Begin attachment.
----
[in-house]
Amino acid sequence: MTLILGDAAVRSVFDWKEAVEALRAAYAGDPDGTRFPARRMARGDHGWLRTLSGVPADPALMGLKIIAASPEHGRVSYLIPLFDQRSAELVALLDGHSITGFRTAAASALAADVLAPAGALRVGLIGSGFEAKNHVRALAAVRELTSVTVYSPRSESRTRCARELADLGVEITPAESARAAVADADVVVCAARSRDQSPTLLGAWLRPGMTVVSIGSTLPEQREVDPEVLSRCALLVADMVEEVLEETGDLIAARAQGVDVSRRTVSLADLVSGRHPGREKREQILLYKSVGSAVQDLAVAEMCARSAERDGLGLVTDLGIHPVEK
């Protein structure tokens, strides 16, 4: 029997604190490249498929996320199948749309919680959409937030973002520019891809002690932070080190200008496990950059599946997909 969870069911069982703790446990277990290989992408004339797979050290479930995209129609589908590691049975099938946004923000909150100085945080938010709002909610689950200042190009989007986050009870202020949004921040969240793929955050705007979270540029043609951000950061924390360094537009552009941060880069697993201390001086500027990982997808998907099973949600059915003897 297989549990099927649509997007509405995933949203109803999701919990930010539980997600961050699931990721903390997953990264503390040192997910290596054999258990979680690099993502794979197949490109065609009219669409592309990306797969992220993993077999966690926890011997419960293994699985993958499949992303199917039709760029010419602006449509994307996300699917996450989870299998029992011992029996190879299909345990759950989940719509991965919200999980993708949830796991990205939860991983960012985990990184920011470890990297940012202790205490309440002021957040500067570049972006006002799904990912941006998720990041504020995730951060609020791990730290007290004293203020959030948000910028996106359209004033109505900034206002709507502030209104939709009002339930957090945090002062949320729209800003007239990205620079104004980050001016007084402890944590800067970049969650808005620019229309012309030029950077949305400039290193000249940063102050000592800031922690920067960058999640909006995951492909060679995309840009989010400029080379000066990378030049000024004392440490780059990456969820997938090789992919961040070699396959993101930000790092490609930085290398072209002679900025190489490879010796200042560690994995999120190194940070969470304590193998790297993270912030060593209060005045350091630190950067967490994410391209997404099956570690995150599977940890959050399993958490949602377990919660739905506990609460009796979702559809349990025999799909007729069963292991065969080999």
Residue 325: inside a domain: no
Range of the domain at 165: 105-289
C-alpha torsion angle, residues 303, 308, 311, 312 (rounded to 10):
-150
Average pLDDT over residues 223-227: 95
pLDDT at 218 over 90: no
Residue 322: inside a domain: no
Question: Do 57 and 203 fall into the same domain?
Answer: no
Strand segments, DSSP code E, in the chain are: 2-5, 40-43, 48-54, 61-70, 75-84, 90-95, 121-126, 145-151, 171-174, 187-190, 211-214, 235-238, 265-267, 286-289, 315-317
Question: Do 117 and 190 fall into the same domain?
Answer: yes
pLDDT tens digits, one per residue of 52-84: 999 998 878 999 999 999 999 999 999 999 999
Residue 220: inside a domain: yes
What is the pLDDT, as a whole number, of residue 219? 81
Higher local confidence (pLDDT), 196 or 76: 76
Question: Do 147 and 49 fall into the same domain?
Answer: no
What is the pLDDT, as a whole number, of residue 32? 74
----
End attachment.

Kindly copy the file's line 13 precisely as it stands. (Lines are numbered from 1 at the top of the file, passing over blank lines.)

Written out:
Strand segments, DSSP code E, in the chain are: 2-5, 40-43, 48-54, 61-70, 75-84, 90-95, 121-126, 145-151, 171-174, 187-190, 211-214, 235-238, 265-267, 286-289, 315-317